Please tell us about yourself
When Vishal Saxena, 36, was a boy growing up in Lucknow, India, he was mostly “into computers and robots. I dreamed of being a scientist, an engineer.” Talk about wish fulfillment. Today, Saxena can don several hats without exaggeration – engineer, scientist, inventor and futurist.
The Lucknow, India native has come a long way since the time in 1991 when he built his first video game on a BBC microcomputer with only 16 kilobytes of memory. He hopes his imagination serves Micron well, too.. He is an associate professor with tenure at Boise State University where he works mostly with computers. And robots. He did his B.Tech in Electrical Engineering (Minor: Engineering Physics) from Indian Institute of Technology, Madras, PhD (Analog, Mixed Signal Circuit Design) from Boise State University
The National Science Foundation has awarded Vishal Saxena, an assistant professor of electrical and computer engineering at Boise State University, with a prestigious CAREER award to investigate the next generation of optoelectronic chips to reduce the energy needed to sustain the Internet cloud while also using more sustainable options.
What do you do?
The profusion in mobile computing devices and apps and the seemingly unlimited data storage offered by the cloud has opened the door to a world of at-your-fingertip services encompassing production systems, banking, entertainment, social interaction, information distribution and research.
But the countless benefits are accompanied by an ever-expanding energy footprint that is not sustainable in the long-term, particularly when “big data” is added to the picture. As information on the cloud continues to grow exponentially, data centers have become among the fastest growing consumers of electricity in the United States. They currently account for more than 2 percent of the total power consumption in the United States, a number that is growing every year and consuming an ever-dwindling supply of fossil fuels.
The NSF Faculty Early Career Development (CAREER) Program supports junior faculty who exemplify the role of teacher-scholars through outstanding research. The prestigious award opens doors to wider collaborations and will enable Saxena to build a sustainable research program in integrated circuit design.
How does your work benefit the world?
“We have reached the limits for how fast you can process and transmit information using electrons over copper cables,” Saxena said. “So we thought about leveraging photonics in a novel way where light is used for information processing as well as communication; light being the fastest signaling mechanism at our disposal. Using hybrid circuits that synergistically incorporate photonics with electronics allows for almost instantaneous communication, providing faster systems that use less power.Saxena’s five-year, $500,000 grant is titled “Mixed Signal Photonics Integrated Circuits for High-Performance Data Interfaces.” His work centers on developing novel data communication interfaces using photons (light) rather than electrons in next-generation hybrid optoelectronics chips to process and transfer data, resulting in a multi-fold increase in data capacity coupled with reduced energy consumption.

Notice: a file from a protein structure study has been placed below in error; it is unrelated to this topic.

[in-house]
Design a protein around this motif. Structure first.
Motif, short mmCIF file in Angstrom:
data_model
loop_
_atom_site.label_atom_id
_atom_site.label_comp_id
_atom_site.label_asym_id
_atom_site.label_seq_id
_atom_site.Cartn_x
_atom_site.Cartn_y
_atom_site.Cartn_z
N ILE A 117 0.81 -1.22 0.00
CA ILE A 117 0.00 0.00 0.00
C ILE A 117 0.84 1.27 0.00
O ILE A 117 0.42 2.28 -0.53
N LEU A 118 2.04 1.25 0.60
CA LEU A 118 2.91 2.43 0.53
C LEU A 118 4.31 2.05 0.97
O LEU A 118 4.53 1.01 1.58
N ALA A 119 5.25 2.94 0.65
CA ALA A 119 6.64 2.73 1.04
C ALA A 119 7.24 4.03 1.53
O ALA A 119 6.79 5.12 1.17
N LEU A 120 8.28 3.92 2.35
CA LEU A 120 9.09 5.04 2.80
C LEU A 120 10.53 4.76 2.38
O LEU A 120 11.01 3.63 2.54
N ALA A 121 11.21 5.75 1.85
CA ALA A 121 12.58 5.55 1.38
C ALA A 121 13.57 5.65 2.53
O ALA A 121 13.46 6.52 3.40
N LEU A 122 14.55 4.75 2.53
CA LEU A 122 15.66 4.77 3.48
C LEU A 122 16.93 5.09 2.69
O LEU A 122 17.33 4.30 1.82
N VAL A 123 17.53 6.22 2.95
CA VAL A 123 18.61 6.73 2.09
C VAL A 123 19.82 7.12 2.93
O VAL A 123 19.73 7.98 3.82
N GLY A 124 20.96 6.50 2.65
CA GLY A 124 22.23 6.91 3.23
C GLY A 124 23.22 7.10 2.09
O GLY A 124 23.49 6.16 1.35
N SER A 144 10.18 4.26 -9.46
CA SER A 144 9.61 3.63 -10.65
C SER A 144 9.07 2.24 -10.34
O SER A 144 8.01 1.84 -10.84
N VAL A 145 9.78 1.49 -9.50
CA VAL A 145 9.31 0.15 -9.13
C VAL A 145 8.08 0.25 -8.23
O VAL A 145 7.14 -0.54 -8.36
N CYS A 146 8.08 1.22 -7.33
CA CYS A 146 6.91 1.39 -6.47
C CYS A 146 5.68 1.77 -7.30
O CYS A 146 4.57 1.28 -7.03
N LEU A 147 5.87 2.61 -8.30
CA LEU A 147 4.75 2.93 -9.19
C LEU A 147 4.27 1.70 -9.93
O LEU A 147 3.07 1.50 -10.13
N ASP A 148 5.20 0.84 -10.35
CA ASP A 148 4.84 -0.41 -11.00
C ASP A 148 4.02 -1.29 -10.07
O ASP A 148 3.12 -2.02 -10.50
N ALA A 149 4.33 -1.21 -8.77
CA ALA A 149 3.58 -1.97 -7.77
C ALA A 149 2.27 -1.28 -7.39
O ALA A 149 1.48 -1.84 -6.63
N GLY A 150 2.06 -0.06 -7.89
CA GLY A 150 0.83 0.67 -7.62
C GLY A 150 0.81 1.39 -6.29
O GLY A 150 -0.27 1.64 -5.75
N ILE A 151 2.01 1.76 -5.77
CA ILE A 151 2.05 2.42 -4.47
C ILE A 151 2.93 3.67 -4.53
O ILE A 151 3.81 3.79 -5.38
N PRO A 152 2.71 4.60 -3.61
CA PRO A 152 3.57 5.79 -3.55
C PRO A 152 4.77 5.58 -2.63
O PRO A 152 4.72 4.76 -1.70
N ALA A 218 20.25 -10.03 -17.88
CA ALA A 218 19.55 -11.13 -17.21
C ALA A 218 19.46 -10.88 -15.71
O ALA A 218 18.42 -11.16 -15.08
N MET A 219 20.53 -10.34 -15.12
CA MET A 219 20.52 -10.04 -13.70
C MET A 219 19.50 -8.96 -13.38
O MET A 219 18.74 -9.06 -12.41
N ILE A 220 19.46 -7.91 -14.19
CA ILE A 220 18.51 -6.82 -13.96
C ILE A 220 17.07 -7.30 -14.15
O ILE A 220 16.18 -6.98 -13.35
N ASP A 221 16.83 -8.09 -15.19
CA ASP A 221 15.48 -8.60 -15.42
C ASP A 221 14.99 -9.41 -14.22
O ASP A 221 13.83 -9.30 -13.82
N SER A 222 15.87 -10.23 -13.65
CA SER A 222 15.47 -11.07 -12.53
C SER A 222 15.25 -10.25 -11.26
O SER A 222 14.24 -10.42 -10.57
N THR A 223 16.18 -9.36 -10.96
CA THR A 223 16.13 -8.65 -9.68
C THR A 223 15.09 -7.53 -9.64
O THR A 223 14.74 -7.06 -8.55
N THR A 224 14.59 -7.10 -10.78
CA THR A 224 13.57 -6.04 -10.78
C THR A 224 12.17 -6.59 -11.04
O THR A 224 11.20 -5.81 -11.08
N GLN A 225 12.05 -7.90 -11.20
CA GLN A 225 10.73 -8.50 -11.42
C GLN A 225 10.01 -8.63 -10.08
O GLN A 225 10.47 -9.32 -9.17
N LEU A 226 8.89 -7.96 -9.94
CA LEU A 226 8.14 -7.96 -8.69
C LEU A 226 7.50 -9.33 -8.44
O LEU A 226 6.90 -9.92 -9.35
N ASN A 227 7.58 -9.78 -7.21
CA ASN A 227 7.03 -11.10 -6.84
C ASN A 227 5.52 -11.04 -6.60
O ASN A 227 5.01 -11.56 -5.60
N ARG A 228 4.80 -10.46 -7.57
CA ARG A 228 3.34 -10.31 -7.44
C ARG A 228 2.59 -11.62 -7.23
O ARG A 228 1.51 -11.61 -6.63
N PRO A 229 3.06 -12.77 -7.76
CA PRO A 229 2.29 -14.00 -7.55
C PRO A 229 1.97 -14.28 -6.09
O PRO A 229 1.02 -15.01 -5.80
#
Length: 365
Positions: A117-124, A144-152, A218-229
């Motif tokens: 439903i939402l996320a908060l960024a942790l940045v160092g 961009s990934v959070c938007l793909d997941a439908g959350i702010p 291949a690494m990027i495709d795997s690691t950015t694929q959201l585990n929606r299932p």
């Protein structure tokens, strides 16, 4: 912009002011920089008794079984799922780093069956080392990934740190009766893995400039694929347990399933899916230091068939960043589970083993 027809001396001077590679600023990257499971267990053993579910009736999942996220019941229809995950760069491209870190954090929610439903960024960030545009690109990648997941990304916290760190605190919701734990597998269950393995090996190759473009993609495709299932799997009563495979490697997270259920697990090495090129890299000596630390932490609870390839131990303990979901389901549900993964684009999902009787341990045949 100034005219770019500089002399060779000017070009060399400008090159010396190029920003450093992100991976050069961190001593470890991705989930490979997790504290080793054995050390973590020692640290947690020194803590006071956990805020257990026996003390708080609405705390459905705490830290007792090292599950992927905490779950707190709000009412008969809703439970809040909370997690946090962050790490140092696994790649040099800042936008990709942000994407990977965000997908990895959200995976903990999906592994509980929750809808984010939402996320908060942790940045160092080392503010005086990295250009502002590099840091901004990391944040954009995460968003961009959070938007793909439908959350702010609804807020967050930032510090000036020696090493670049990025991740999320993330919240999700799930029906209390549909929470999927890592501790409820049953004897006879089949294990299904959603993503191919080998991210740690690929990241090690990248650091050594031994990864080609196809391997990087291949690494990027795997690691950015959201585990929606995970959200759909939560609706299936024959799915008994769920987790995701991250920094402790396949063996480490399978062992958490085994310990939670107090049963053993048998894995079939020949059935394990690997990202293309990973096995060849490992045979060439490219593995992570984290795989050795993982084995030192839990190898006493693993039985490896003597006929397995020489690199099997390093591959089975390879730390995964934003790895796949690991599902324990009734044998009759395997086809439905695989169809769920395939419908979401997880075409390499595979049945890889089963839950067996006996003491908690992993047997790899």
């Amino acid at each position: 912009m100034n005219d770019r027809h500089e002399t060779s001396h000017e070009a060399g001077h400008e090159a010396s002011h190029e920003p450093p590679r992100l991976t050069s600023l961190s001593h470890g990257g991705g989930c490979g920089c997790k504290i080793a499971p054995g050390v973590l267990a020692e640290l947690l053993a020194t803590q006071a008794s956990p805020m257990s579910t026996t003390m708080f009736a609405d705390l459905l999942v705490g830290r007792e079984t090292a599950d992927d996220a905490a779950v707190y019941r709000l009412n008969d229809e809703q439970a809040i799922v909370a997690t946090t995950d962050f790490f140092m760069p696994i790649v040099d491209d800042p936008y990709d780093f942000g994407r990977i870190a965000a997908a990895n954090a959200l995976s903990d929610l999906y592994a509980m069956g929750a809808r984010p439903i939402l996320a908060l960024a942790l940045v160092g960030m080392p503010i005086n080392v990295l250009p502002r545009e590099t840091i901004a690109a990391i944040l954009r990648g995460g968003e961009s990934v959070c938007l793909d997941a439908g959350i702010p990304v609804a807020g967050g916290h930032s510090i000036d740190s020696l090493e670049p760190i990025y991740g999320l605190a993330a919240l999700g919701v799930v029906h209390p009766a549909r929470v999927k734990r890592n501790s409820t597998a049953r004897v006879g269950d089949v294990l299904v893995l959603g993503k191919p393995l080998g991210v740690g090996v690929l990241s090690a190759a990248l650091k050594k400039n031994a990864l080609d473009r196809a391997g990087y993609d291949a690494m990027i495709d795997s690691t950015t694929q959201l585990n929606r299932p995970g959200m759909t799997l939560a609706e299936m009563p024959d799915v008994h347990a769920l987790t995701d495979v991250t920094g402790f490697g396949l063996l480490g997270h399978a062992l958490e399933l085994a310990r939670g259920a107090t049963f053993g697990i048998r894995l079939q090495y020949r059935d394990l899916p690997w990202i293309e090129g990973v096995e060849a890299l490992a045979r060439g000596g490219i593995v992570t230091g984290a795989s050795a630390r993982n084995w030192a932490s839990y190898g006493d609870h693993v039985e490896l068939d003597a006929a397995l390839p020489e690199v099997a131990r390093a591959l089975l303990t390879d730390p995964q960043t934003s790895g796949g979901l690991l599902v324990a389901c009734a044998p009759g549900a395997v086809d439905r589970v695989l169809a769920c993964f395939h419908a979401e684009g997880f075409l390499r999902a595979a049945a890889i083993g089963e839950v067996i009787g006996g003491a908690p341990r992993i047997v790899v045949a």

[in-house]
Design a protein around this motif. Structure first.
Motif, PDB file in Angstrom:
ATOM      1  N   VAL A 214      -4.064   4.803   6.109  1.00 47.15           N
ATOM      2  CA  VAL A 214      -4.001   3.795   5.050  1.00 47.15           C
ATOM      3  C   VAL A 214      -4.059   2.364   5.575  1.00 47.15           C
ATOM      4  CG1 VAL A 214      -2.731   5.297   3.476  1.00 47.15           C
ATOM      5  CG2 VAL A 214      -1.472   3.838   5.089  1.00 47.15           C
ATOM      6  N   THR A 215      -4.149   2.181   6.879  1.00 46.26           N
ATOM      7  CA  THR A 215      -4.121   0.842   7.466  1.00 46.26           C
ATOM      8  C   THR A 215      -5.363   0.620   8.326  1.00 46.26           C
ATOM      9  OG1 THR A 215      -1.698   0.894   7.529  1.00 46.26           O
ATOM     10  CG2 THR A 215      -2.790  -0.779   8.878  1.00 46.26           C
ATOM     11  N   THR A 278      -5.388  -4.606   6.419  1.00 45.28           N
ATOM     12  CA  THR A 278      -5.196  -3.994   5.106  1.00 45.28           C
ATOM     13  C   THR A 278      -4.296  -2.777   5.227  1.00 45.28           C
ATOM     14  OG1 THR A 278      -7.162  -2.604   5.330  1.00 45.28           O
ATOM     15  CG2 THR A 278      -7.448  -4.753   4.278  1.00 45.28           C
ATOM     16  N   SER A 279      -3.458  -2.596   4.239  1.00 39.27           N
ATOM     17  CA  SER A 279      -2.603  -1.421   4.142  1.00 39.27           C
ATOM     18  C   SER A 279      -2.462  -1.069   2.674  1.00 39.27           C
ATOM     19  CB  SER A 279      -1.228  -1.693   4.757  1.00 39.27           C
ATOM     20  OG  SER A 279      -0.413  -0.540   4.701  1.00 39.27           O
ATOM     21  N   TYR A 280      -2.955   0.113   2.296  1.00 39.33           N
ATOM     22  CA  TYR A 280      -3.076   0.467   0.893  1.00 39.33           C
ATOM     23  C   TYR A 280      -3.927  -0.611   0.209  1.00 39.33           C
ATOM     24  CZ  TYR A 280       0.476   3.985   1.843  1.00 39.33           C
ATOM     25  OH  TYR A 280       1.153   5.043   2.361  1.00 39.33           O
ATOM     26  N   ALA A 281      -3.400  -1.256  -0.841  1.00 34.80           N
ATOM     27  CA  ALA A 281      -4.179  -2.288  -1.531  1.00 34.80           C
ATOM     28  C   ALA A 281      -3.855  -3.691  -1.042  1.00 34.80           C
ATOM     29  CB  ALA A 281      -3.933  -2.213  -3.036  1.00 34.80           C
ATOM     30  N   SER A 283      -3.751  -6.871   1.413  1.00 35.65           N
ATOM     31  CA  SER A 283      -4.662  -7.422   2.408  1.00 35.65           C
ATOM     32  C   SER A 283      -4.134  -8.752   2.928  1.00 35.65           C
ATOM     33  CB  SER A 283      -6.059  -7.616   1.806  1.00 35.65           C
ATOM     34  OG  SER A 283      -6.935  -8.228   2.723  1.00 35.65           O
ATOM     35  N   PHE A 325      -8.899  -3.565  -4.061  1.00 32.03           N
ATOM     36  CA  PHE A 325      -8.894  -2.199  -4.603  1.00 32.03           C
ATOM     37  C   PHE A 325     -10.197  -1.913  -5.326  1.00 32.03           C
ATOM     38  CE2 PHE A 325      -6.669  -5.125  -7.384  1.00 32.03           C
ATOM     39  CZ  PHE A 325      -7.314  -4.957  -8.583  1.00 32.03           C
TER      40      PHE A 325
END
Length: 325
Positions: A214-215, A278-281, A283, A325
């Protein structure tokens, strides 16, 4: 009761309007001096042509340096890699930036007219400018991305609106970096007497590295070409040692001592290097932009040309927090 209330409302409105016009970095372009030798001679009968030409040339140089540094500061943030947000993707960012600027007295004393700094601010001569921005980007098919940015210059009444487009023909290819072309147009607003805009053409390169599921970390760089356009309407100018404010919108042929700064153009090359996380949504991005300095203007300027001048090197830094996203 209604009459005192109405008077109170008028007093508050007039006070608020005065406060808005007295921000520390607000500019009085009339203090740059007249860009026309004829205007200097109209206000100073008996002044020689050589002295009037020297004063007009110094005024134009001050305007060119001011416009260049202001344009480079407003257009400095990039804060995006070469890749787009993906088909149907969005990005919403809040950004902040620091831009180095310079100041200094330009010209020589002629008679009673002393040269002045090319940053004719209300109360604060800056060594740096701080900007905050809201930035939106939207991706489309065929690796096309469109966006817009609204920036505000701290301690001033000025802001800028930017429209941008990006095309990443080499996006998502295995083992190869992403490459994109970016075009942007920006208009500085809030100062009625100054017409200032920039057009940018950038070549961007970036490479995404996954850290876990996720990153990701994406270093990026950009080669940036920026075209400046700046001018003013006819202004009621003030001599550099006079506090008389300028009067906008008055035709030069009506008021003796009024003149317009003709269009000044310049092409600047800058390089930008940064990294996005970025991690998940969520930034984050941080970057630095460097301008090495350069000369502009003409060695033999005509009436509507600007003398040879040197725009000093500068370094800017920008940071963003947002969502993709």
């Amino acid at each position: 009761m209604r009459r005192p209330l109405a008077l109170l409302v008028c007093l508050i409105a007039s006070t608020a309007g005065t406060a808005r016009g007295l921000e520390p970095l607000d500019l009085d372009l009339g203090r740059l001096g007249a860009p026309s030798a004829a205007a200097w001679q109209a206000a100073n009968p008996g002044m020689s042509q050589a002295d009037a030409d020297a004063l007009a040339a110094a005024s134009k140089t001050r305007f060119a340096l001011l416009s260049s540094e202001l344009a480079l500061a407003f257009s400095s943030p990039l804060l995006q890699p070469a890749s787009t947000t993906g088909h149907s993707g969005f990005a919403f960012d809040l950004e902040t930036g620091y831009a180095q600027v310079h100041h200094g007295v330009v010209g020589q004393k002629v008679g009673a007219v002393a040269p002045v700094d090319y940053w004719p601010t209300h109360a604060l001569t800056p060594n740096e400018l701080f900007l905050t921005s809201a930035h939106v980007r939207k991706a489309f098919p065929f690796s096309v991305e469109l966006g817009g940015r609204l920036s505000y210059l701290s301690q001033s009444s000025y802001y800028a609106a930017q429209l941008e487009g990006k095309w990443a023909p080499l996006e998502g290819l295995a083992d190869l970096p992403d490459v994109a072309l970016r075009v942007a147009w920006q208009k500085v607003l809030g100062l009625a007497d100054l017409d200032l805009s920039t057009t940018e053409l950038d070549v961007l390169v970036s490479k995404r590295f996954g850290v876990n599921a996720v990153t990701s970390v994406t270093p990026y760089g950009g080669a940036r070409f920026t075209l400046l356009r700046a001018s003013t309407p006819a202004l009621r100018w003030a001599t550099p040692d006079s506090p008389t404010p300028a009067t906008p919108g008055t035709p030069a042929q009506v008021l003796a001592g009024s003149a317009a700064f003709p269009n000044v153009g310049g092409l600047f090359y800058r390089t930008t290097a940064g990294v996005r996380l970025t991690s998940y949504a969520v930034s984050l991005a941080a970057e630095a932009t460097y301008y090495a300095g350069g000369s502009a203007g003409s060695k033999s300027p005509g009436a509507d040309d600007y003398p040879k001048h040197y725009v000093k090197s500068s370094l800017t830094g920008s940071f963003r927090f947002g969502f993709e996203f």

Saxena’s area of expertise is in integrated circuit design, but he also has a background in optical interconnect technology, thanks to his work as a doctoral student with Lightwire, an early startup in this area. When he was looking for an area of research that would speak to the NSF’s requirements for the CAREER grant, he knew that effectively combining mixed-signal circuits with photonics would be transformative.
For individuals, the technology would bring instant connectivity to home and personal devices and enable telepresence.Just a few millimeters square, the chips’ primary application is to power high performance exascale computing centers (and supercomputers) with a sustainable energy footprint. Future applications could include improvements in desktop computers, cell phone networks and more. Saxena even foresees the possibility of using the technology in biomedical applications including bio-sensing and low-cost DNA sequencing.
“At over 100 gigabytes per second, you could have several streams of HDTV completely provided over the Internet, or work from home and feel like you were right there at the office. We could have computers with significantly improved performance and better mobile devices and networks,” he said. “And the fibers are made from glass, not copper, potentially enabling low-cost and more sustainable network infrastructure.”
What are the real world applications of your work?
In one application, the chips reduce energy consumption and increase data storage capacity in internet cloud data centers. In today’s internet-centric society, with cloud-based services such as Google Docs, Dropbox and Netflix making big data more accessible, the carbon footprint of data centers is massive. Saxena’s research directly addresses that problem. In 2014, the idea won him five years of funding from the National Science Foundation CAREER Award.
These hybrid chips also have applications in wireless devices for the Department of Defense. They allow military personnel to consolidate their devices, such as cell phones and GPS systems that require different frequencies, into one mobile receiver called a flexible radio. For this project, in 2015, Saxena won three years of funding from the Air Force Office of Scientific Research Young Investigator’s Award.
Once complete, Saxena hopes these memory chips will be of manufacturing interest to the semiconductor industry.